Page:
LiteraryLinda on LibraryThing More than 1 year ago
The mysteries by Ms. Davidson are lots of fun. Her hero is a caterer in a Colorado mountain town. who is preparing for an event in each book. A murder occurs. Goldie, the caterer, is married to one of the town cops and she can't help but get involved in finding out who-dun-it. Her recipes for the event are included.
bearette24 on LibraryThing More than 1 year ago
This wasn't one of my favorites, although it received some of the best reviews at Amazon. Julian and Marla are introduced in this book, and oddly enough, Julian and Goldy don't really like each other (so it's unclear why she decides to let him live with her at the end of the book). Also, the killer was really easy to spot. This was the first Goldy book where I figured out the killer way in advance, and I didn't like that.
MsBeautiful on LibraryThing More than 1 year ago
Enjoy this character, love hearing about cooking/recipes
la_librarian on LibraryThing More than 1 year ago
Read through several chapters of this book and just couldn't finish. No hook right off at all. From what I could tell of her character Goldy seemed like a prudish whiny spinster. Very boring.
Kathy89 on LibraryThing More than 1 year ago
A fun read as Goldie and son are temporarily living at the estate of a friend while her home is being fitted with a security system. Needless to say people start dying from poisoning. Julian enters Goldie's life and her relationship with Schulz heats up.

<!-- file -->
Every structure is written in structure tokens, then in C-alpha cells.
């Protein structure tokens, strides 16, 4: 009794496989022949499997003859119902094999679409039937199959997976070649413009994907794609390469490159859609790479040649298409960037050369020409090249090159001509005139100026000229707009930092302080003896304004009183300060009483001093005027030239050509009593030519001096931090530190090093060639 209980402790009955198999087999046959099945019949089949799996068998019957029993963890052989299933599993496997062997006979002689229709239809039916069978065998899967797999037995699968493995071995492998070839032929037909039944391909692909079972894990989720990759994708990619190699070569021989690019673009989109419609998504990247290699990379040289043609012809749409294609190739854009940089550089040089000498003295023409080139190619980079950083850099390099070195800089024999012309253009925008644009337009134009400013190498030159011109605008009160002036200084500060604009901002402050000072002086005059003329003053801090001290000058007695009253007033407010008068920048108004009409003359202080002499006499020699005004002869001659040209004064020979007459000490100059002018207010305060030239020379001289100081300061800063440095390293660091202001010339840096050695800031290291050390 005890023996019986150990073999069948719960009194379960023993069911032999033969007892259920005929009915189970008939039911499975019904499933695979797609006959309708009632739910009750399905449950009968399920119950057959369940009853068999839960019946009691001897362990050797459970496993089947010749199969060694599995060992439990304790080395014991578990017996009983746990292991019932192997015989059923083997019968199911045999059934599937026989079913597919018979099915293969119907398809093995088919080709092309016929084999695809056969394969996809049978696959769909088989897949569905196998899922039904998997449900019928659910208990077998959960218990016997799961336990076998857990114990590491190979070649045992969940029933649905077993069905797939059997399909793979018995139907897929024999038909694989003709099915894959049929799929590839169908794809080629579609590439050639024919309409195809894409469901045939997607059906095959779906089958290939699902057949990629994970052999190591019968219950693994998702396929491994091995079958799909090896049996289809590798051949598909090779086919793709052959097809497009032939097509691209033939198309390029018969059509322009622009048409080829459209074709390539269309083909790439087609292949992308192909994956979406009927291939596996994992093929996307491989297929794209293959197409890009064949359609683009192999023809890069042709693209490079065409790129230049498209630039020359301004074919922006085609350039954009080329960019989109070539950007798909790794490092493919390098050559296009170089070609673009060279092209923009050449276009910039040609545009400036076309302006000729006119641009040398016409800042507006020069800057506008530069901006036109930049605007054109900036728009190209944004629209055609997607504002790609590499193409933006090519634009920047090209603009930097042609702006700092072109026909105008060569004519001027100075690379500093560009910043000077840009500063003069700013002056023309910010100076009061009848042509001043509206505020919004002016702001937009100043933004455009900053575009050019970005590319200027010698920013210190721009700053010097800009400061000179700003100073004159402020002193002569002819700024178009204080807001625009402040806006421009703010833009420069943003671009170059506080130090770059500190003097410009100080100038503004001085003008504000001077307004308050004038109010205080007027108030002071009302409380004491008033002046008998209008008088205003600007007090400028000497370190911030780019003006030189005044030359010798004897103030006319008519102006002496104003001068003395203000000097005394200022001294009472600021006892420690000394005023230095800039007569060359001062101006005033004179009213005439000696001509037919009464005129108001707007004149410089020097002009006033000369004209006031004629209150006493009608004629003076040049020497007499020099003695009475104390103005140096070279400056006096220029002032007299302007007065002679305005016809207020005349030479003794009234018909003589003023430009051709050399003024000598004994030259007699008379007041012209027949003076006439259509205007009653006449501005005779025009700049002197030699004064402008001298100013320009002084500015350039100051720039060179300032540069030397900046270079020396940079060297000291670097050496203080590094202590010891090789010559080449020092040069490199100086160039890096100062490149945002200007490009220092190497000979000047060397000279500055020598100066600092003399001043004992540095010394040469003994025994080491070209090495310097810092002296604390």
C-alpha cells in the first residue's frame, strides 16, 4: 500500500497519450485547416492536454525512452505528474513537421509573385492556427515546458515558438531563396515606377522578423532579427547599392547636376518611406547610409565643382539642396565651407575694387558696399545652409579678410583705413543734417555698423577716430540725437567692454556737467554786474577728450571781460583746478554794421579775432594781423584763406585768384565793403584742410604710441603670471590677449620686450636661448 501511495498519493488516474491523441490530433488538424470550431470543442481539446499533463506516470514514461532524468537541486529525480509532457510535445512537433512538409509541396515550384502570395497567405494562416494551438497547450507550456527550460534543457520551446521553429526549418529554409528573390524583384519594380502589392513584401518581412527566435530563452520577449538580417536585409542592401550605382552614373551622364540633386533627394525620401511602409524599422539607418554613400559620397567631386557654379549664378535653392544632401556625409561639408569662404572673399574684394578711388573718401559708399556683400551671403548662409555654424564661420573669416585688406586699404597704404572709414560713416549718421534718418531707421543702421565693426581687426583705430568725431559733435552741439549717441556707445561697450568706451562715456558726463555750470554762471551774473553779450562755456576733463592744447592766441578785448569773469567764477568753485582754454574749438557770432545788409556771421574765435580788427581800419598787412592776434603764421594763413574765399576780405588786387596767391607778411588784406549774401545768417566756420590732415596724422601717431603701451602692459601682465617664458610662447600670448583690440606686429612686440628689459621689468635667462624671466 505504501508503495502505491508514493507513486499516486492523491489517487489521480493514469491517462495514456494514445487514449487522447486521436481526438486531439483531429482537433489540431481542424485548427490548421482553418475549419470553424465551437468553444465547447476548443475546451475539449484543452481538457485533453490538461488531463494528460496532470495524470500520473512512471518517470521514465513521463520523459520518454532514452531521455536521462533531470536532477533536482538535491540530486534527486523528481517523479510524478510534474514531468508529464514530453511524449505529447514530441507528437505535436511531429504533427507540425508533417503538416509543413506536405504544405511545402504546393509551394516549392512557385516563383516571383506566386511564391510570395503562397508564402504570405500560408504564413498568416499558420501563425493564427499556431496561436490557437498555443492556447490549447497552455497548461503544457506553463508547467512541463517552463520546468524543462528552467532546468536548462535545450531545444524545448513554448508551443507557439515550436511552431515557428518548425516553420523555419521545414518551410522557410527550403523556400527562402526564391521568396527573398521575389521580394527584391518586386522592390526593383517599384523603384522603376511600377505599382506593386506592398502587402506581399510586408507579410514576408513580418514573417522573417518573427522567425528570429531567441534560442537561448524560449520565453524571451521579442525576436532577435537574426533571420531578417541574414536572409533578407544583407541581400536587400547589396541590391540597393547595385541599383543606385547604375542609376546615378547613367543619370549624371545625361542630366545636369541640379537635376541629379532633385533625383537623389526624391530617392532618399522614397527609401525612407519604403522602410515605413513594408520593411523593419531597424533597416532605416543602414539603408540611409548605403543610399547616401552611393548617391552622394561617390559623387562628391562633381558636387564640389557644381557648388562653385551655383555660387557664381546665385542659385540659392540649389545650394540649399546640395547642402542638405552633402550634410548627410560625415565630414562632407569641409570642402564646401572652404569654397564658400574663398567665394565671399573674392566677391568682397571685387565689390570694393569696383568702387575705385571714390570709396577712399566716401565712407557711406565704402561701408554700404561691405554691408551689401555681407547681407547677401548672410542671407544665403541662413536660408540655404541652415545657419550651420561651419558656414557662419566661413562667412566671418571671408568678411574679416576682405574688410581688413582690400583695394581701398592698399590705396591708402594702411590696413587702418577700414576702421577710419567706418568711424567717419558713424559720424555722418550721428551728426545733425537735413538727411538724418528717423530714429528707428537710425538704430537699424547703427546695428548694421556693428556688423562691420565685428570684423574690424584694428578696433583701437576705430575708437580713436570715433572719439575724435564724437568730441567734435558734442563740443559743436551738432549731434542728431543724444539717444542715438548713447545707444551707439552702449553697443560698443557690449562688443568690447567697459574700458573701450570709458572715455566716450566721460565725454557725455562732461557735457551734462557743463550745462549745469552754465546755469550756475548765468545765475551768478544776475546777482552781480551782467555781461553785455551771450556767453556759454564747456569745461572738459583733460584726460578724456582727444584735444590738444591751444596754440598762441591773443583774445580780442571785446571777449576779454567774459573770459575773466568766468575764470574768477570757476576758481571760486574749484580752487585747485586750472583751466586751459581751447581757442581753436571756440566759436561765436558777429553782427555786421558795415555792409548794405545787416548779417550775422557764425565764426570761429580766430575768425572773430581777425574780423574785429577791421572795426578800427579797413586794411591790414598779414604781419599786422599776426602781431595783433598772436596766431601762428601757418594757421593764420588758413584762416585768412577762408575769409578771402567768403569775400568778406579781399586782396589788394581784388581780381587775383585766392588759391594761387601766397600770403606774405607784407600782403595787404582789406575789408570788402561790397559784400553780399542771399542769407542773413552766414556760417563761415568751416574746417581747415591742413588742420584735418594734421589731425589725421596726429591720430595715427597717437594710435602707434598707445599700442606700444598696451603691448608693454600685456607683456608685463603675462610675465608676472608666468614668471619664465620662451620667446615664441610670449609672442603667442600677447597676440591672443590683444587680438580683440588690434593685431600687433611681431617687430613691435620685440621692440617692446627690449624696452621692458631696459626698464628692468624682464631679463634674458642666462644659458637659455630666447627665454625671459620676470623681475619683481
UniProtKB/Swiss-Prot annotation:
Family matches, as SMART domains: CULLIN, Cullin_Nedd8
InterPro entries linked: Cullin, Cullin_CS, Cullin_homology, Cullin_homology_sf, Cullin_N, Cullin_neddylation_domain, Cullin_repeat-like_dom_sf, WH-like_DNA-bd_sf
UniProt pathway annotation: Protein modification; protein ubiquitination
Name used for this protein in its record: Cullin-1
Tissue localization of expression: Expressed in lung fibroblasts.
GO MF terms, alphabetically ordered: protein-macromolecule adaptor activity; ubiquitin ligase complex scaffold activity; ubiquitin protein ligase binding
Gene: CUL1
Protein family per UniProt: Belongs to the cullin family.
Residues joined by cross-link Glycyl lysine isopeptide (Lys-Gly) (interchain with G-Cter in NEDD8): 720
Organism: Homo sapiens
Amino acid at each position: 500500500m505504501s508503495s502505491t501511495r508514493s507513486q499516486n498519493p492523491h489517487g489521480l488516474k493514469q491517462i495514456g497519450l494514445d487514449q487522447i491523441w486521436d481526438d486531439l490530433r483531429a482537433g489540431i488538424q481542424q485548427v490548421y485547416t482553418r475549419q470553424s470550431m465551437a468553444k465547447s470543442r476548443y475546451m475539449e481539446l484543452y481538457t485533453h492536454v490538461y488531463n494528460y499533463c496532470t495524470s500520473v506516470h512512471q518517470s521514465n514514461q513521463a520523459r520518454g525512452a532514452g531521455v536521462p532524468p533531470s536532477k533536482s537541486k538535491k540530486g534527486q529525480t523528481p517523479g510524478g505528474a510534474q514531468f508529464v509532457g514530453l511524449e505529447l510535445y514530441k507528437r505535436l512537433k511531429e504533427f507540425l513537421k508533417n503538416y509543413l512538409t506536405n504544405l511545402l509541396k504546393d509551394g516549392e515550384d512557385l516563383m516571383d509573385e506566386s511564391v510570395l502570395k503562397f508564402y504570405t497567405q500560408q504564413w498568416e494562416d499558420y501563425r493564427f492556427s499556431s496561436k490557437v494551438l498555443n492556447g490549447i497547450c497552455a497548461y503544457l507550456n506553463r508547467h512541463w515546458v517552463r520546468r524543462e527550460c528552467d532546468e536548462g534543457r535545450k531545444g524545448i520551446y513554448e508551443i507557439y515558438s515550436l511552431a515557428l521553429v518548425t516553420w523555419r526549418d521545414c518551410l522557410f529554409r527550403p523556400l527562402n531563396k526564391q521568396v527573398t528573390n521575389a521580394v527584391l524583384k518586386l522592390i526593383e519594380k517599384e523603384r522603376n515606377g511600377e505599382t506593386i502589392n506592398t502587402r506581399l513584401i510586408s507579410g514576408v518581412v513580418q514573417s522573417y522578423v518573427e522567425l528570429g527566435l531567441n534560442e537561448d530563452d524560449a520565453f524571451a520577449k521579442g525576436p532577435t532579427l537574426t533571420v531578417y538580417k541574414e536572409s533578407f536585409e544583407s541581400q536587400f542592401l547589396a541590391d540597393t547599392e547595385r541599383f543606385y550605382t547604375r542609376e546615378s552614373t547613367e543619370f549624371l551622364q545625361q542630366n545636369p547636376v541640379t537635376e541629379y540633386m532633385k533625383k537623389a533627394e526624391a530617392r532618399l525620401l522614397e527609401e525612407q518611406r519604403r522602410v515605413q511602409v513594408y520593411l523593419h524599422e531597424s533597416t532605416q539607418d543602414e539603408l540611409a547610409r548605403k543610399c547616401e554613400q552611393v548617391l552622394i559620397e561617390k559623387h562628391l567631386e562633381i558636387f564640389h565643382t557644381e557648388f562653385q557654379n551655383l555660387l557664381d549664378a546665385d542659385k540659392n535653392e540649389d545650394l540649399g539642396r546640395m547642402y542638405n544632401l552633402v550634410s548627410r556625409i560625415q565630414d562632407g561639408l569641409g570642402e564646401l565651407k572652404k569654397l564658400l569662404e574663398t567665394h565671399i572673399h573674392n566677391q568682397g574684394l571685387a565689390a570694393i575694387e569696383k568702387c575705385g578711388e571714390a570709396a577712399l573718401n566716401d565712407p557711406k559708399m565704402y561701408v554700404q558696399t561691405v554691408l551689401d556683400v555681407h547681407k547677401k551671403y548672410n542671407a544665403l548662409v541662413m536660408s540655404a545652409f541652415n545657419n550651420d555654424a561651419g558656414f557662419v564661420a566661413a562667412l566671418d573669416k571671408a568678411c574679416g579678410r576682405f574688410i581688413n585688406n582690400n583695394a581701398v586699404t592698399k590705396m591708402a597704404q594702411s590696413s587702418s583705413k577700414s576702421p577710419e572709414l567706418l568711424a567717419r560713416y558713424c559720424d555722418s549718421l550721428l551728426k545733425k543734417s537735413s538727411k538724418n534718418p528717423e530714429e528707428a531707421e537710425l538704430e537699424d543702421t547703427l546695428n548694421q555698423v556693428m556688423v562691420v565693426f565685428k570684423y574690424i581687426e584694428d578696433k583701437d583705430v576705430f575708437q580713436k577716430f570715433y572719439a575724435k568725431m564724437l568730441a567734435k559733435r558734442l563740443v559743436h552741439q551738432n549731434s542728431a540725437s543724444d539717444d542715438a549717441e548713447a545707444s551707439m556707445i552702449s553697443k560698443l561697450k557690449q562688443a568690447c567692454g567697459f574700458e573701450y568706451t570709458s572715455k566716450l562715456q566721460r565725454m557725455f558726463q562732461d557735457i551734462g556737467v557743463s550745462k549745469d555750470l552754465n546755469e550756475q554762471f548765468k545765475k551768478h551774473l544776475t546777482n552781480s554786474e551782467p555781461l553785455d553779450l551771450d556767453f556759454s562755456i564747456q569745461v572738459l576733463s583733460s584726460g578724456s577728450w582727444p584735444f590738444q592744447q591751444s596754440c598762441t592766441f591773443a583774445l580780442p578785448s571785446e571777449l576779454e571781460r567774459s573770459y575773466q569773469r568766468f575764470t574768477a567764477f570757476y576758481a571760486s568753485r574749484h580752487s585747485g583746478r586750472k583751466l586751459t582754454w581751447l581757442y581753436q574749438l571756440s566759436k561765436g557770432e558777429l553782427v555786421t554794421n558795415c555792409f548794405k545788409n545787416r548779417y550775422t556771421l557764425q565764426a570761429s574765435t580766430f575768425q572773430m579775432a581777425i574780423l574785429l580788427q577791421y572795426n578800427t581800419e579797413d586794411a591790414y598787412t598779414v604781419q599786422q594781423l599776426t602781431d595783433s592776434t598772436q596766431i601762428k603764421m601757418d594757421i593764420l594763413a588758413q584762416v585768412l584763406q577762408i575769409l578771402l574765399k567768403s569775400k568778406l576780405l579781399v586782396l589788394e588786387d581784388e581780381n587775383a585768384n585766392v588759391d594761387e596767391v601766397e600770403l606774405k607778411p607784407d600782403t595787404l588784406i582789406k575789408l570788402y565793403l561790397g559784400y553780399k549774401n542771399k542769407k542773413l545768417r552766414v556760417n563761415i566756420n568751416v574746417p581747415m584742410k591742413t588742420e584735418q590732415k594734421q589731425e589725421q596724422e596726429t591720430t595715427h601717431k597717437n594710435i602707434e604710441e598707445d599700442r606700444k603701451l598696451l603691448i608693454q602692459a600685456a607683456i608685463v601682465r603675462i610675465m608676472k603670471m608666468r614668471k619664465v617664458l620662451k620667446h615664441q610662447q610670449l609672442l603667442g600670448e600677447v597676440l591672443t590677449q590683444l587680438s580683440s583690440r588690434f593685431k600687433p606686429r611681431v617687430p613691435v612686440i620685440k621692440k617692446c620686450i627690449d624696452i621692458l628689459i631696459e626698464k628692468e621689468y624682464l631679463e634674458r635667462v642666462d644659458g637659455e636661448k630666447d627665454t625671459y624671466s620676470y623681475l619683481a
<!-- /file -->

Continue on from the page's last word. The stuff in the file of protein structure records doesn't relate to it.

Anonymous More than 1 year ago
This was a good book. There were twists and turns you don't see coming!
Anonymous More than 1 year ago
The first book of the series seems to be MIA.... It's called Catering to Nobody. I feel I can't start the series without it. I know it sounds strange but it will bug me.
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Anonymous More than 1 year ago
I finished this book and still had no feeling for the characters. I thought I had missed something, since this writer seemed to be popular. But a friend of mine agreed that the writing was choppy and did not draw you in. I will look up the goldy bear recipes.
Anonymous More than 1 year ago
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jlmar More than 1 year ago
Goldy once again delivers. A great story and yummy recipes!
Anonymous More than 1 year ago
gram44 More than 1 year ago
I live in Colorado, so really enjoy knowing all the places where Goldy goes.
Anonymous More than 1 year ago
Anonymous More than 1 year ago
Very enjoyable series of mysteries, the main characters stay the same. Similar to Janet Evanovich and the Stephanie Plum series.
Anonymous More than 1 year ago